The southern grasshopper mouse is an extremely aggressive predator and seizes its prey with a rush, killing with a bite to the head.
The southern grasshopper mouse is an extremely aggressive predator and hunts its prey like most sophisticated predators.
After stalking its potential kill, the grasshopper mouse will seize the animal with a rush, killing with a bite to the head. While overpowering its prey, the mouse closes its eyes and lays its ears back.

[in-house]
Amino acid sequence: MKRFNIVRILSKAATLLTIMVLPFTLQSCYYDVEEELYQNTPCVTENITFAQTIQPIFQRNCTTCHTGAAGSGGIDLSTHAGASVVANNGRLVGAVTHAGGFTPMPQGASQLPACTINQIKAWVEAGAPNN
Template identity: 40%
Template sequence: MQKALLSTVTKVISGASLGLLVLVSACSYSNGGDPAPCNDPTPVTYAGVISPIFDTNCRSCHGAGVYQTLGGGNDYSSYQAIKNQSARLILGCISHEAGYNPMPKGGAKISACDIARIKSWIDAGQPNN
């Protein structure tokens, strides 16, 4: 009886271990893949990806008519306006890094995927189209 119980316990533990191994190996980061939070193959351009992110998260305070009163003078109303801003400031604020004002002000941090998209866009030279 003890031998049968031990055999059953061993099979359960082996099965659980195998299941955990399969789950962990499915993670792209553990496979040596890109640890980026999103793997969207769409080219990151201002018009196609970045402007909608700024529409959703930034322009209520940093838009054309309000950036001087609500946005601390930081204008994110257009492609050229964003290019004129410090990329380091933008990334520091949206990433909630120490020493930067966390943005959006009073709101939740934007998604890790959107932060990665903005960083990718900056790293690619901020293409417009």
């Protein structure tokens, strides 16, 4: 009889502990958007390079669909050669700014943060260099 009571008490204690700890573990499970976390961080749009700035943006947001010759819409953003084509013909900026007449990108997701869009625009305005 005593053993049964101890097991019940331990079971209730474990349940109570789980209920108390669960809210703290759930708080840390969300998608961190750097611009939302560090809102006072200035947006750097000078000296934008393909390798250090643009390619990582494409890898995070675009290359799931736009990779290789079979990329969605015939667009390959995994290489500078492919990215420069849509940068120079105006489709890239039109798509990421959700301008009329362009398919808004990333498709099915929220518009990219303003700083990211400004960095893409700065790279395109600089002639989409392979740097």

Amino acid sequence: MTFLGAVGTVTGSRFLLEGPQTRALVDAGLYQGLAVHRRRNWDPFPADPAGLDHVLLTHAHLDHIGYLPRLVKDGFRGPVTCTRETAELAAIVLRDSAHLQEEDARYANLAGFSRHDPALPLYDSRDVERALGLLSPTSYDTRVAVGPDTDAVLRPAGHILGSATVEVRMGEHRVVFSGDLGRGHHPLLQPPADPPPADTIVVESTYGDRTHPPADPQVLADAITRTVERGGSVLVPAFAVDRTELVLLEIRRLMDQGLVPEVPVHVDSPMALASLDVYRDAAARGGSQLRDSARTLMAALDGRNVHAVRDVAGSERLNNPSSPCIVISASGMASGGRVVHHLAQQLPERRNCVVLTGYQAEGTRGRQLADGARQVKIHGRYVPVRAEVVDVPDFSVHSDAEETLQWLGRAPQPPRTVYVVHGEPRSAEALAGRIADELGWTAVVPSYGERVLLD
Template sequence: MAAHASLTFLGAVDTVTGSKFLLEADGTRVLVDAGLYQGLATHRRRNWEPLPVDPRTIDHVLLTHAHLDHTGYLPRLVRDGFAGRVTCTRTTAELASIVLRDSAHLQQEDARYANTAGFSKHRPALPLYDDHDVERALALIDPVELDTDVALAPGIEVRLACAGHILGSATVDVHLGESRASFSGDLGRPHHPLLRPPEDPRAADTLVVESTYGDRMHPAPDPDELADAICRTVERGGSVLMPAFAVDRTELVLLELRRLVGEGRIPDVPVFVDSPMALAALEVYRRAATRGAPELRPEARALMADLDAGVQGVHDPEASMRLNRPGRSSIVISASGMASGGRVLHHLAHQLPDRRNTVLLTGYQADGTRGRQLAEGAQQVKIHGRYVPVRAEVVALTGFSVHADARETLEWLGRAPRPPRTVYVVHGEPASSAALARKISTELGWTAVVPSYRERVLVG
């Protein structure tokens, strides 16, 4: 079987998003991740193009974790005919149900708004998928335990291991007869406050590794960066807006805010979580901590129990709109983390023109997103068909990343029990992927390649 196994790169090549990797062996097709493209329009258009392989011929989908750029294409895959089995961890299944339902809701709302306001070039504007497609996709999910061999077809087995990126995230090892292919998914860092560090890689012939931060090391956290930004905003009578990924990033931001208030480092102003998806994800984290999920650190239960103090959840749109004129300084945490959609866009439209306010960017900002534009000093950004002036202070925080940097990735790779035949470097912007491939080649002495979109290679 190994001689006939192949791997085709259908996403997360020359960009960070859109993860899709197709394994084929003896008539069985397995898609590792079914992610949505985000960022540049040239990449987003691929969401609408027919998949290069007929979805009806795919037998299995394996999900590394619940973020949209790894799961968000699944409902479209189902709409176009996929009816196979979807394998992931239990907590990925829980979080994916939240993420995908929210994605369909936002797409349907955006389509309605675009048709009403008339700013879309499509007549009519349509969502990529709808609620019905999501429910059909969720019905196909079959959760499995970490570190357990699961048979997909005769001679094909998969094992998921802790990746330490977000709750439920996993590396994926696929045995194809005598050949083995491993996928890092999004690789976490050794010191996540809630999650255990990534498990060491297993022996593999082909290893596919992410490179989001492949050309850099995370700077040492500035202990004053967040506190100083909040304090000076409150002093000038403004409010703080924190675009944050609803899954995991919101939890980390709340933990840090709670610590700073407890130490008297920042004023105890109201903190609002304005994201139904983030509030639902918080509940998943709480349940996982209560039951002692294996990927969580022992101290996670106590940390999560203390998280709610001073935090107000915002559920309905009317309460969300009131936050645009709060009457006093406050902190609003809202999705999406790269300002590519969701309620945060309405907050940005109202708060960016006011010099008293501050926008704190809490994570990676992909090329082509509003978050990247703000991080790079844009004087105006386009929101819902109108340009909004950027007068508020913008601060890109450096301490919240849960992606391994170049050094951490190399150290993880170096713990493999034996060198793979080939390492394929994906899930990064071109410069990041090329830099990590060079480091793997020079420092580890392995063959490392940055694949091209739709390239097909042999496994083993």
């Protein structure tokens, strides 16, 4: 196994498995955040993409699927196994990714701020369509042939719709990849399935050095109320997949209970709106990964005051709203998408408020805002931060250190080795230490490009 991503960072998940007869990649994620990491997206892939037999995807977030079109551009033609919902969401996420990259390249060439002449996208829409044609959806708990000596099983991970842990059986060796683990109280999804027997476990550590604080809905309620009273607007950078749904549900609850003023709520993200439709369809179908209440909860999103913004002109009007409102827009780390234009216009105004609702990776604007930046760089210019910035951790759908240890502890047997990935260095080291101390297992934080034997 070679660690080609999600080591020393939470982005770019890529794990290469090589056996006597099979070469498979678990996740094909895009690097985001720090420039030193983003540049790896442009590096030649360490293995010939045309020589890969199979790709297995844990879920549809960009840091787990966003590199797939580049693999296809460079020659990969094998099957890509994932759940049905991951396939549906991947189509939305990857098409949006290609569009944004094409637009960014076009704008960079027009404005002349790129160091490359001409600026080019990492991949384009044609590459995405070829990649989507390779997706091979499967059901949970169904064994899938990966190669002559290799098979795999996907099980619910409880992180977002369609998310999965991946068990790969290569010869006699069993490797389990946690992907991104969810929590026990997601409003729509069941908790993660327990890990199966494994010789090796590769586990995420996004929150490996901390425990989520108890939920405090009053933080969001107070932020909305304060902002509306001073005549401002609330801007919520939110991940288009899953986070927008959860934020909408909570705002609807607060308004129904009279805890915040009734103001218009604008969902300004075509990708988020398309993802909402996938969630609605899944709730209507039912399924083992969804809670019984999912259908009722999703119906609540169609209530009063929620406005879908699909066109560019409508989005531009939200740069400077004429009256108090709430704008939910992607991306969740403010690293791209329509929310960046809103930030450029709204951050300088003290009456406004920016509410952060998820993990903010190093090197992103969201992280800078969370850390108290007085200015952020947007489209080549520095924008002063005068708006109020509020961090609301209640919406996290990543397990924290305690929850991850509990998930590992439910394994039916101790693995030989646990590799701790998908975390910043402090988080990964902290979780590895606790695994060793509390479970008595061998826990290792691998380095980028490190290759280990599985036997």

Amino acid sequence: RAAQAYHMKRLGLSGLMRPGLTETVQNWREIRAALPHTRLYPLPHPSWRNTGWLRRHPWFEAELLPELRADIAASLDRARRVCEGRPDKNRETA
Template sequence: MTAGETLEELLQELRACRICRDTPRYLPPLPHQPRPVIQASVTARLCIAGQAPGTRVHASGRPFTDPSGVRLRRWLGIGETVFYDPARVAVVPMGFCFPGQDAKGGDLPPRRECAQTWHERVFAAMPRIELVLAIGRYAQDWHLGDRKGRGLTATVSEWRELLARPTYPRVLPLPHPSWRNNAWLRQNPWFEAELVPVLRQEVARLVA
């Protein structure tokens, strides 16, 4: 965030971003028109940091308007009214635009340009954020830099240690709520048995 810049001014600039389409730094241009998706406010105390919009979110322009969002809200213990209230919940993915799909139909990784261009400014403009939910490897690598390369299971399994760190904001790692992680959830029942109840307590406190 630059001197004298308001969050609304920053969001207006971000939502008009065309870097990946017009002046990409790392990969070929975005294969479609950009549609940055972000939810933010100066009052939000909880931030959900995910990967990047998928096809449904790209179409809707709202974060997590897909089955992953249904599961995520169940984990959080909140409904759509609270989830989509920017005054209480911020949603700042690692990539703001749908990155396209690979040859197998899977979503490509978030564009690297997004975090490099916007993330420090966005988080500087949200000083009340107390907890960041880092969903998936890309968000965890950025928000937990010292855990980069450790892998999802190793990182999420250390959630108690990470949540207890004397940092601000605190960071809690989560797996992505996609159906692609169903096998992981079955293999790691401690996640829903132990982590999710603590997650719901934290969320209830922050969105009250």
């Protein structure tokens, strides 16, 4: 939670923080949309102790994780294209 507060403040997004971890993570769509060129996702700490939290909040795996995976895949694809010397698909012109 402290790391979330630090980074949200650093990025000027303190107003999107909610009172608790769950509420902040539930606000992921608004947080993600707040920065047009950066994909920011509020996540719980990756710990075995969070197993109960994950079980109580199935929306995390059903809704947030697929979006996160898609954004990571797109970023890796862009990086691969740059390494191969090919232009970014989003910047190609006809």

In a study done by Richard McCarty and Charles H. Southwick, southern grasshopper mice were deprived of food and their predatory behavior against laboratory mice and crickets was observed. After 48 hours of food deprivation, the mice spent more time eating crickets than the laboratory food they were provided. The crickets were both dead and alive, but the mice spent more time eating the unharmed living crickets, which might suggest that prey movement might be a catalyst and cue for predatory attack. The difference between the time that females and males spent eating living crickets was not significant, indicating that predatory attack is not necessarily more dominant in just one sex. When the mice came in contact with laboratory mice of both sexes, they also showed very aggressive behaviors, such as biting the back and tail of their prey. After two days of being around the laboratory mice, six of the 43 male grasshopper mice and 22 of the 45 females grasshopper mice killed and ate certain parts of the laboratory mice. The difference between this aggressive behavior between the male and female grasshopper mice was significant. The study concluded that food deprivation and the type of prey affected the intensity and aggressiveness of the predatory attacks observed by southern grasshopper mice.